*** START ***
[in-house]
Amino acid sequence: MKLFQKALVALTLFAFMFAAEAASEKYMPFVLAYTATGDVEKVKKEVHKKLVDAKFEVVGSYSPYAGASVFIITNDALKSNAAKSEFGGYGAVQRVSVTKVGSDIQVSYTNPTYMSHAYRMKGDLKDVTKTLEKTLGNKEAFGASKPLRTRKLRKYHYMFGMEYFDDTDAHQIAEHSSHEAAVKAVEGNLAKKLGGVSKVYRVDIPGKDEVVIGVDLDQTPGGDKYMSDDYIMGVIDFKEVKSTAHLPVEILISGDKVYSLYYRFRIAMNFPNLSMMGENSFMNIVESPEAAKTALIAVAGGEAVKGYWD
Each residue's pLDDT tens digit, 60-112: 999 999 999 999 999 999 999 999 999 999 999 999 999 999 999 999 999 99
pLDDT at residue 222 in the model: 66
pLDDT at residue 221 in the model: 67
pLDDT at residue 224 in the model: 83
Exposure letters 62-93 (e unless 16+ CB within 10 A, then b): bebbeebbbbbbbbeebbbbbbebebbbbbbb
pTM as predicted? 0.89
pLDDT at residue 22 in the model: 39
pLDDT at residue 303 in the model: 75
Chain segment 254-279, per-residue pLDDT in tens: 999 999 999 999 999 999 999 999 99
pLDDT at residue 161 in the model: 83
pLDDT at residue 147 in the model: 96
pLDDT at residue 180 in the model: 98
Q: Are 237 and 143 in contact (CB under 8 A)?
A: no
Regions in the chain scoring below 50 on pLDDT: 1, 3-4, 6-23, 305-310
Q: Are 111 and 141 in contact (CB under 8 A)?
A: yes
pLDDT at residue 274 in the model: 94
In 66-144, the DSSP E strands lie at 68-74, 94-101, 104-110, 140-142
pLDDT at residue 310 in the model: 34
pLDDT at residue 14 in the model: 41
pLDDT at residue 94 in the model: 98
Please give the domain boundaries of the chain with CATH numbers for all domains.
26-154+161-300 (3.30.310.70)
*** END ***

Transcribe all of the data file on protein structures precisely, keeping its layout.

[in-house]
Amino acid sequence: MKLFQKALVALTLFAFMFAAEAASEKYMPFVLAYTATGDVEKVKKEVHKKLVDAKFEVVGSYSPYAGASVFIITNDALKSNAAKSEFGGYGAVQRVSVTKVGSDIQVSYTNPTYMSHAYRMKGDLKDVTKTLEKTLGNKEAFGASKPLRTRKLRKYHYMFGMEYFDDTDAHQIAEHSSHEAAVKAVEGNLAKKLGGVSKVYRVDIPGKDEVVIGVDLDQTPGGDKYMSDDYIMGVIDFKEVKSTAHLPVEILISGDKVYSLYYRFRIAMNFPNLSMMGENSFMNIVESPEAAKTALIAVAGGEAVKGYWD
Each residue's pLDDT tens digit, 60-112: 999 999 999 999 999 999 999 999 999 999 999 999 999 999 999 999 999 99
pLDDT at residue 222 in the model: 66
pLDDT at residue 221 in the model: 67
pLDDT at residue 224 in the model: 83
Exposure letters 62-93 (e unless 16+ CB within 10 A, then b): bebbeebbbbbbbbeebbbbbbebebbbbbbb
pTM as predicted? 0.89
pLDDT at residue 22 in the model: 39
pLDDT at residue 303 in the model: 75
Chain segment 254-279, per-residue pLDDT in tens: 999 999 999 999 999 999 999 999 99
pLDDT at residue 161 in the model: 83
pLDDT at residue 147 in the model: 96
pLDDT at residue 180 in the model: 98
Q: Are 237 and 143 in contact (CB under 8 A)?
A: no
Regions in the chain scoring below 50 on pLDDT: 1, 3-4, 6-23, 305-310
Q: Are 111 and 141 in contact (CB under 8 A)?
A: yes
pLDDT at residue 274 in the model: 94
In 66-144, the DSSP E strands lie at 68-74, 94-101, 104-110, 140-142
pLDDT at residue 310 in the model: 34
pLDDT at residue 14 in the model: 41
pLDDT at residue 94 in the model: 98
Please give the domain boundaries of the chain with CATH numbers for all domains.
26-154+161-300 (3.30.310.70)